Housebreaking Tips: Does rubbing a dog's nose in it's mess teach a dog where to eliminate?

Housebreaking A Puppy

I received a question today from one of my Udemy SIRIUS® Academy students: “What do you say when a client tells you, in regards to puppy housebreaking, "Well I rubbed my dog's nose in his poop and he knew he was wrong and he never pooped in the house again."


Well, let's start with what we know. We know the client rubbed the dog's nose in the poop and if we believe the client, (which, by the way, I don't), the dog never had a housebreaking accident again. However, we don’t know that the dog "knew he was wrong". (We don't even know what our spouse, another human being, is thinking and so, how do we know what another species knows?) And we don't know whether the client's bizarre actions were the cure for the problem. Correlation does not necessarily imply causation. Maybe the problem simply got better despite "treatment", as is sometimes the case. For example, if the dog were pretty much housetrained and only soiled the house because it had a dire and pressing need and that there have been no more "emergencies" since. What we also know though is that the client doesn't really know what the dog is thinking. I mean, whether or not it worked, that's not a very friendly thing to do to a dog. And messy too! Now the feces is squished into the carpet and up the poor dog's nostrils. I would not be inclined to kiss the dog for a few days. Shame.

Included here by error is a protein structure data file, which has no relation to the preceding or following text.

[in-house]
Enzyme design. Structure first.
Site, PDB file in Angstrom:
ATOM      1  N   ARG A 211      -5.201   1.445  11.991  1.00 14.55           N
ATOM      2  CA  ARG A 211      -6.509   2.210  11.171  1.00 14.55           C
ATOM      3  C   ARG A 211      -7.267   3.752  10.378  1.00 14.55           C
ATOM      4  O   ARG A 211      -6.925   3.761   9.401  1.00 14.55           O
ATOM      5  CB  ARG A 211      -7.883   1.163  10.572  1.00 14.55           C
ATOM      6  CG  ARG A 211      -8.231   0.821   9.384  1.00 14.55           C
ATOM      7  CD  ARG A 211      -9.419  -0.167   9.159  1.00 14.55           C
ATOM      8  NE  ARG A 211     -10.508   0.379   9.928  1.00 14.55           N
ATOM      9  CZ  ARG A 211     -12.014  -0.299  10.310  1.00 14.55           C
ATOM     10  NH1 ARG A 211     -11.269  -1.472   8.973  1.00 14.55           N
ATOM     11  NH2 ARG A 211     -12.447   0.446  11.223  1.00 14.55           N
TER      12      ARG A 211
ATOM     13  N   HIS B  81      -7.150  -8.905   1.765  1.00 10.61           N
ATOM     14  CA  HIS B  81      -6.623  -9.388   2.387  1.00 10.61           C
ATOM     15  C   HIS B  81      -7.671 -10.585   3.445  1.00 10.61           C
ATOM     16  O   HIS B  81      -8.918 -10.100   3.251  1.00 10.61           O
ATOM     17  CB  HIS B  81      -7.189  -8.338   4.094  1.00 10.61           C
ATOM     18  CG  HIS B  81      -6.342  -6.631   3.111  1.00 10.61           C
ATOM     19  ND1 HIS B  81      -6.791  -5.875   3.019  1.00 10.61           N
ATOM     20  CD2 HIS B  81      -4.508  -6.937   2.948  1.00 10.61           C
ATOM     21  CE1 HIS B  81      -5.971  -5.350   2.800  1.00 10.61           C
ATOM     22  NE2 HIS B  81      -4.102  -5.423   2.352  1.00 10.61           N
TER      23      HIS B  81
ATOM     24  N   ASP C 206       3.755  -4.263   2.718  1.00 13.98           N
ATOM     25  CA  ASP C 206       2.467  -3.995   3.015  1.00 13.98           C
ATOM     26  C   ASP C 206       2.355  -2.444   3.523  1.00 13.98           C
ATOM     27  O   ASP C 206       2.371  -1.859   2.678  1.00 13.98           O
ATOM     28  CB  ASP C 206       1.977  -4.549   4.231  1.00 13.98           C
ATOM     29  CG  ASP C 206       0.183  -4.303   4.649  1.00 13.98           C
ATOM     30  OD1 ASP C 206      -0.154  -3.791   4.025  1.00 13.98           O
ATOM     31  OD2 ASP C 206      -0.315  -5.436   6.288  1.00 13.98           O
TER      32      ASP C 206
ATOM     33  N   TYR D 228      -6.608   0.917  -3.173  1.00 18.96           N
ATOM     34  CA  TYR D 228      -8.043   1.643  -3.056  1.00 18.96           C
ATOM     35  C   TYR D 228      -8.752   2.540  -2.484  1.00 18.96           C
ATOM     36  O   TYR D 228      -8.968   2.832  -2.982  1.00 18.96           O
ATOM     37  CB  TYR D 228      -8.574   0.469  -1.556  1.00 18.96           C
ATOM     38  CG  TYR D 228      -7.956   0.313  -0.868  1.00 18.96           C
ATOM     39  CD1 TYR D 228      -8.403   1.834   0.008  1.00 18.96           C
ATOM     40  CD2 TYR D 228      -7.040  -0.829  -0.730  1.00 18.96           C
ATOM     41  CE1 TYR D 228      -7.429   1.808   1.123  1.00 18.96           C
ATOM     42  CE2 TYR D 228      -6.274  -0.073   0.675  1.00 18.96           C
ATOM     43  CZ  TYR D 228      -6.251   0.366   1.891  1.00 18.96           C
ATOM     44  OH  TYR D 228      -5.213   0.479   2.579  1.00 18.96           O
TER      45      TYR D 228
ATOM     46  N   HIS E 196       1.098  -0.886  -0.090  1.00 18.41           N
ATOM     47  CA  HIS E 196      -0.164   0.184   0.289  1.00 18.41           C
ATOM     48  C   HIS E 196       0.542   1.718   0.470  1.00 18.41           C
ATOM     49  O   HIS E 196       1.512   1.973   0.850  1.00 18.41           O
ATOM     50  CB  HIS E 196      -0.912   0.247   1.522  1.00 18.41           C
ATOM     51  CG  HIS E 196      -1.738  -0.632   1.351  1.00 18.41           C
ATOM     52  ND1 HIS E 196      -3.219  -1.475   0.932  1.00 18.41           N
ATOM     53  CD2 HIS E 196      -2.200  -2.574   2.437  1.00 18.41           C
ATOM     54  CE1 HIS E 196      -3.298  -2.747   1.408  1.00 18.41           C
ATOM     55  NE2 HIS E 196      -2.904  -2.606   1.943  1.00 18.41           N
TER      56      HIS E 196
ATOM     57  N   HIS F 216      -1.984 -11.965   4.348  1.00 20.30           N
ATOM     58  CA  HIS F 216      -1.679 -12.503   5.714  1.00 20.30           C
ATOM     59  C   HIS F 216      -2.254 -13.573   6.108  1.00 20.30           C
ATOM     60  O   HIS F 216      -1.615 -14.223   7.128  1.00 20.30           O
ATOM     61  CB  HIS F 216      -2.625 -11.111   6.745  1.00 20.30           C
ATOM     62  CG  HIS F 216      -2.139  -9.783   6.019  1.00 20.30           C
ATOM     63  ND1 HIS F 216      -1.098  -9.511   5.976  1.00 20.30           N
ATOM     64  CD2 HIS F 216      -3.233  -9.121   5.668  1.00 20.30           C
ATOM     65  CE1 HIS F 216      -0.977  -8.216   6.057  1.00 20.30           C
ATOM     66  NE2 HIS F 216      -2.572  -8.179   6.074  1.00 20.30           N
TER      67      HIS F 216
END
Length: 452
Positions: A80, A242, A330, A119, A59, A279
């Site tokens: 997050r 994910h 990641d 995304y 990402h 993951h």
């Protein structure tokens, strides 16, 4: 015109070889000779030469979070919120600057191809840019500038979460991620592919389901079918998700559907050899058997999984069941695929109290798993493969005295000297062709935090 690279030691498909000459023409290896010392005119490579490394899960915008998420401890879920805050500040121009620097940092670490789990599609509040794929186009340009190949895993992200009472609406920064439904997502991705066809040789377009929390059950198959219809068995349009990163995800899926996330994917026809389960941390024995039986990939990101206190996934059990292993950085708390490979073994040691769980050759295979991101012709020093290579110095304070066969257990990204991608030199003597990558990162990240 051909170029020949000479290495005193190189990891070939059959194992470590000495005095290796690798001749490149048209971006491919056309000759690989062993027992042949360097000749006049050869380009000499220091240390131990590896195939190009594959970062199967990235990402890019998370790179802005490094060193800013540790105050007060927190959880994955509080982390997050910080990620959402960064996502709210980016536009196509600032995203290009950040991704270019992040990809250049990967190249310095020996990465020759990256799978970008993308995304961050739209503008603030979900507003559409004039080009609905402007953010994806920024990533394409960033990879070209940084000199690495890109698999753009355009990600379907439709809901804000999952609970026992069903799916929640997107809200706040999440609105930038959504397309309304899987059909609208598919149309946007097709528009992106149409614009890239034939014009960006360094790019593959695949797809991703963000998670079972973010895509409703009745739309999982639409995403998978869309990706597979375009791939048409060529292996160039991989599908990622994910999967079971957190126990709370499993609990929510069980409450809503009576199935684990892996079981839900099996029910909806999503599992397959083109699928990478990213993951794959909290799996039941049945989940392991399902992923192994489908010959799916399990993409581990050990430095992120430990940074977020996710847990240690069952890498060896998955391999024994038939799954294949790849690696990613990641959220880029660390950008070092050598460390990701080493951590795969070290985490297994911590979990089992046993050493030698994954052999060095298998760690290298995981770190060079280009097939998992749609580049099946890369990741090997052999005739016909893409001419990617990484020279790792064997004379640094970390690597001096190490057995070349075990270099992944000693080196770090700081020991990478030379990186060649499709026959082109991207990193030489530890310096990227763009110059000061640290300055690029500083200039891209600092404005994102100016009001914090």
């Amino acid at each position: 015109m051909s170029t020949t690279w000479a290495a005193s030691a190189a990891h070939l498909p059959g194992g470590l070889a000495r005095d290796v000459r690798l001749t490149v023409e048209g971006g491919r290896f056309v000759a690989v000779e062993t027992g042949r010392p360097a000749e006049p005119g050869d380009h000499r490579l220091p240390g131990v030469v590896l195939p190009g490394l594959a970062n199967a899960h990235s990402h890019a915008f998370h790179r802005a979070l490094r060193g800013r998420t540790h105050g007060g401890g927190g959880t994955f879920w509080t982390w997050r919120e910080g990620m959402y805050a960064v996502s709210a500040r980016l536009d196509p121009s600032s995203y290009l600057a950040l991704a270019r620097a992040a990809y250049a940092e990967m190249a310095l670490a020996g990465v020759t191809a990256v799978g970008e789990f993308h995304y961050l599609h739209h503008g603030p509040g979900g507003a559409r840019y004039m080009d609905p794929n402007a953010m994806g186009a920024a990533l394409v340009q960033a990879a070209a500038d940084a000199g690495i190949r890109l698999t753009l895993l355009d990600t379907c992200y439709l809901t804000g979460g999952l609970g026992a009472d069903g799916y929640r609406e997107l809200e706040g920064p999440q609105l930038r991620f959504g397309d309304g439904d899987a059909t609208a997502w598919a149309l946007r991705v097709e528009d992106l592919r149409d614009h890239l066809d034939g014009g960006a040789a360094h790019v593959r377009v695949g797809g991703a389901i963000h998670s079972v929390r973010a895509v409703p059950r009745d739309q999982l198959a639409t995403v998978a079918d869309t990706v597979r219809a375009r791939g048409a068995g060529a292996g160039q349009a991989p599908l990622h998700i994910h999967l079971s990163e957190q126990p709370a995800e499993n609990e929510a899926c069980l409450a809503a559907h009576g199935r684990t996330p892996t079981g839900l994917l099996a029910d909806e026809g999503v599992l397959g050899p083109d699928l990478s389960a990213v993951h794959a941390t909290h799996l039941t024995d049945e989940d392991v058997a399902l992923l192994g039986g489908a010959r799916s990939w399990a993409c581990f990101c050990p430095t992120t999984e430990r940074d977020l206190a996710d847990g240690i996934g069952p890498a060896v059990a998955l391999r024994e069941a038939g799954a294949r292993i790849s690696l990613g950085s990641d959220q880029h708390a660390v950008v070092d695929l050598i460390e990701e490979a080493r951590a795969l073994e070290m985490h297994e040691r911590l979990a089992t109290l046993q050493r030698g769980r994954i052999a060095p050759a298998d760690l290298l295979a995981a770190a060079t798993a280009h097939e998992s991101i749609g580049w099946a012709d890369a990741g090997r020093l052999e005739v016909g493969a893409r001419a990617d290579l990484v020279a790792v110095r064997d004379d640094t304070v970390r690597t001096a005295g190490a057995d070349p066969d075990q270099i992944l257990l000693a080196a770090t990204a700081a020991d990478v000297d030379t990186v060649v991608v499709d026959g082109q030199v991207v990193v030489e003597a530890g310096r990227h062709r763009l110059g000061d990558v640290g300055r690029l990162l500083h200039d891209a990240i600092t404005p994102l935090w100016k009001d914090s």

Regardless, I'd take the time to explain that rubbing the dog's nose in his feces does nothing to teach the poor pup where to properly eliminate. Nor does it enhance the trust or the relationship between the owner and the dog. It is much kinder and efficient to teach your dog the rules of the house proactively via a thorough and clear housetraining program. Let's give puppies the benefit of an education rather than punish them for natural and necessary behaviors. 

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